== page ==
The Gulf War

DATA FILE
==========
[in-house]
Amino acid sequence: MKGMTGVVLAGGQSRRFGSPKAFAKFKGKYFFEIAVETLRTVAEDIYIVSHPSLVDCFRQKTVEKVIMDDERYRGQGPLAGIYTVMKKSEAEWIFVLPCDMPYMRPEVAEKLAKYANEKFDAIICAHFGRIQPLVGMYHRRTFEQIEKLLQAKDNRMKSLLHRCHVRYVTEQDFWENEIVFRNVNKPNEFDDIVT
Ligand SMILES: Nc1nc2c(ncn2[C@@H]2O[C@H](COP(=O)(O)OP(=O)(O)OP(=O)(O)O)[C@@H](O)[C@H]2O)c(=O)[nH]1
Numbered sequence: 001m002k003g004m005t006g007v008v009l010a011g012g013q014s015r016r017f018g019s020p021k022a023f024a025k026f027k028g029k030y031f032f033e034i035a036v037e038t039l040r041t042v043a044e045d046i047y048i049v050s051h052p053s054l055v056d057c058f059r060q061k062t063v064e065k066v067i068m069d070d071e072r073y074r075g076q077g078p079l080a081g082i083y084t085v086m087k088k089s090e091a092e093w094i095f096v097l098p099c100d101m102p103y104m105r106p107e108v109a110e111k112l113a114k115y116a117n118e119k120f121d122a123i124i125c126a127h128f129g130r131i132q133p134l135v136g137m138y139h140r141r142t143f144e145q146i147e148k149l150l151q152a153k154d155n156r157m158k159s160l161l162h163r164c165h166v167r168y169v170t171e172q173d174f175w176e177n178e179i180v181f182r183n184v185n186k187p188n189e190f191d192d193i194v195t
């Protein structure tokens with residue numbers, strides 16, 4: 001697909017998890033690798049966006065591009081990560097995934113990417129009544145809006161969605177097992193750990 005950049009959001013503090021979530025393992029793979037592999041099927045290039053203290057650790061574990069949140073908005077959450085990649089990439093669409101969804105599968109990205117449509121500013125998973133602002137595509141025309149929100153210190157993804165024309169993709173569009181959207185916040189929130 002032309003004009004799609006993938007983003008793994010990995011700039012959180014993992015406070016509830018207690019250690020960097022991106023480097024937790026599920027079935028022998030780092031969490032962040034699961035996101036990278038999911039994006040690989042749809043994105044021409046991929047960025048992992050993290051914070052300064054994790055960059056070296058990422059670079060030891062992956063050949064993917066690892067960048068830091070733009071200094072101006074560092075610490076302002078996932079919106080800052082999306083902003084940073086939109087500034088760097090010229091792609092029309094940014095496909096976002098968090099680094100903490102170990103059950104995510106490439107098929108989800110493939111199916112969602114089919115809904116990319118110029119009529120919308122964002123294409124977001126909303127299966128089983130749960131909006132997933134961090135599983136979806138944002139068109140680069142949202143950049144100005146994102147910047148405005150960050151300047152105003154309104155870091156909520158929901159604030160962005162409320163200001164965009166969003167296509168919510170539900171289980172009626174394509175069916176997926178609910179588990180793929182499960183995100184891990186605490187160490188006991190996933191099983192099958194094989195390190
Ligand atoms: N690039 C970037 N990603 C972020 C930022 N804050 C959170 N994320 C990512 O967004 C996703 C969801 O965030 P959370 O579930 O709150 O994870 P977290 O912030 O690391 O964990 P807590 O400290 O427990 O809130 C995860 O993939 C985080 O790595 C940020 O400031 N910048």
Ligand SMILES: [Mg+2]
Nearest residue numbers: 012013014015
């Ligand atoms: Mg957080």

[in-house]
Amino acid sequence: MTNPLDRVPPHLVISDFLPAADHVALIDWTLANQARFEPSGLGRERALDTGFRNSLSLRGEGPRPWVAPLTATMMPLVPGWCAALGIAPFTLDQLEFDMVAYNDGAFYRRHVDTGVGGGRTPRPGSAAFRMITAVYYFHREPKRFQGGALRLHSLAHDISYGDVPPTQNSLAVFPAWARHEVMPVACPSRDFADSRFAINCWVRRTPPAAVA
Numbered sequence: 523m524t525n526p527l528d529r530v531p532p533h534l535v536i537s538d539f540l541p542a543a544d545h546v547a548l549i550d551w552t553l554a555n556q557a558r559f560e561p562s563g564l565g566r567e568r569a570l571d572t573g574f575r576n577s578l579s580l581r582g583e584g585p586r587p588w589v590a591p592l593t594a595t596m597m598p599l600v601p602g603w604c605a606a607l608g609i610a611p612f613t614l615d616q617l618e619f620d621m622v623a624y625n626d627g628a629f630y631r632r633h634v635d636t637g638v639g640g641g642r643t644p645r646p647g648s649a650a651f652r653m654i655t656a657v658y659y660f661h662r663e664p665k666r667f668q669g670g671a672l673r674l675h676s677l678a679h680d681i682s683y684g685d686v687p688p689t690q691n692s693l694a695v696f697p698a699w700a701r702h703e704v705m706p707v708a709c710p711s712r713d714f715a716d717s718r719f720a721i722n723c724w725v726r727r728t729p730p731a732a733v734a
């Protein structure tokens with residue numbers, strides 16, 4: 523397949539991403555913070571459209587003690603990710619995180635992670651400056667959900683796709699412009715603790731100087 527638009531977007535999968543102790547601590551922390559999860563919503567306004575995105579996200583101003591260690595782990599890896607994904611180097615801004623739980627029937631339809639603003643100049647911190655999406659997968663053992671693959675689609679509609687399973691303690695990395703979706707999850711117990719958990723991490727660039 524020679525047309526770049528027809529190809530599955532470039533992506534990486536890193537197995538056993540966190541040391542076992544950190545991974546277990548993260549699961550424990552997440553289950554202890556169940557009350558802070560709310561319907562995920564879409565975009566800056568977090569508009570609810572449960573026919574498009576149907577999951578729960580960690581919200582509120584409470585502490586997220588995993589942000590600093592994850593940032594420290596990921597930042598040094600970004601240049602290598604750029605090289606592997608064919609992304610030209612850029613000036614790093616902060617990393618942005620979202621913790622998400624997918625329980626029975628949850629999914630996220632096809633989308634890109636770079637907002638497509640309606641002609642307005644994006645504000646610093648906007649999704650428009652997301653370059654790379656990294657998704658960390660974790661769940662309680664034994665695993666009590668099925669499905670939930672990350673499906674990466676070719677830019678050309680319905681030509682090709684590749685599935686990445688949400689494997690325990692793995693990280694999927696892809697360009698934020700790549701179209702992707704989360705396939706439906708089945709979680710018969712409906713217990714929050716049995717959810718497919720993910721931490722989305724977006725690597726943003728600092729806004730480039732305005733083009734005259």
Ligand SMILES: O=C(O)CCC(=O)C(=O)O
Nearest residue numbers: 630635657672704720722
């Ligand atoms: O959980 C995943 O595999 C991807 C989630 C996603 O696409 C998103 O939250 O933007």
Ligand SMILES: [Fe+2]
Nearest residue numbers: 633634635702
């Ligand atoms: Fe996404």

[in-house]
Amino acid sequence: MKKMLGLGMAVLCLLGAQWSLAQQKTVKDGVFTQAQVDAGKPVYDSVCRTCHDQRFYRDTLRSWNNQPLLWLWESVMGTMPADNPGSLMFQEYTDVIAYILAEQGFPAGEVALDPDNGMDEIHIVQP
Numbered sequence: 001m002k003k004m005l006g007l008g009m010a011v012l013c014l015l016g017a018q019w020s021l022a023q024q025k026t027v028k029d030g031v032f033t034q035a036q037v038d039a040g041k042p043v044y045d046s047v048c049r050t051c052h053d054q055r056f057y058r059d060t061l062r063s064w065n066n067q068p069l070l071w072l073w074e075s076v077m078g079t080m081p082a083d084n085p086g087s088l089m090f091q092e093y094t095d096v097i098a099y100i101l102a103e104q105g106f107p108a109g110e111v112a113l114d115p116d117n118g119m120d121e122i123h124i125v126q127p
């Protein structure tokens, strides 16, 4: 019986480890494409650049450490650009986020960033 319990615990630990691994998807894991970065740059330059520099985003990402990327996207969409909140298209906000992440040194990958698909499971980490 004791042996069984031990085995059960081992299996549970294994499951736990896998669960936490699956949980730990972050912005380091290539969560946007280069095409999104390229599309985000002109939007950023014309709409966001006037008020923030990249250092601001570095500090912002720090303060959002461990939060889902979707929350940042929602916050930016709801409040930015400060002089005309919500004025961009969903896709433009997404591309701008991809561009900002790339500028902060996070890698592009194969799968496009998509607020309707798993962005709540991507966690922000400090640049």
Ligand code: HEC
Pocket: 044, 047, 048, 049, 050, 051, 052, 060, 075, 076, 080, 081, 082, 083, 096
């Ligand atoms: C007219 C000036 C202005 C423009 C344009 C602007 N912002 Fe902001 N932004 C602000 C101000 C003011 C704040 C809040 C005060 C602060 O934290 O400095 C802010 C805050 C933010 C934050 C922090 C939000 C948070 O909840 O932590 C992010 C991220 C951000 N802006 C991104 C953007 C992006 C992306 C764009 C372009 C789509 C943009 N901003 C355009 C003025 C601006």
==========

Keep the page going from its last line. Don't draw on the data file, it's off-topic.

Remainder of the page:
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The right's attempt to influence and recruit the left became highly visible during the Gulf War crisis in late 1990 and early 1991. As the movement against the war in the Middle East began to build, a handful of far-right and anti-Jewish groups began to seek alliances with liberal, progressive, and left antiwar coalitions. It is important to recognize that as a whole the antiwar movement overwhelmingly rejected these overtures by the political right, while recognizing that the attempt reflected a larger ongoing problem. It certainly was a problem for individuals like Wisconsin antiwar activist Alan Ruff who appeared on a panel discussing the pros and cons of the Gulf War in the town of Verona. Also on the panel in the antiwar camp was another local activist Emmanuel Branch. "Suddenly I heard Branch saying the war the result of a Zionist banking conspiracy," explains Ruff. "I found myself squeezed between pro-war hawks and this anti-Jewish nut, it destroyed the ability of those of us who opposed the war to make our point." A number of persons report that during Gulf War protests, they heard persons attempting to turn legitimate criticism of U.S. intervention in Iraq, or objections to pressure for invasion by some pro-Israel lobbies, into a blanket indictment of all Jews, which is a classic form of bigotry.

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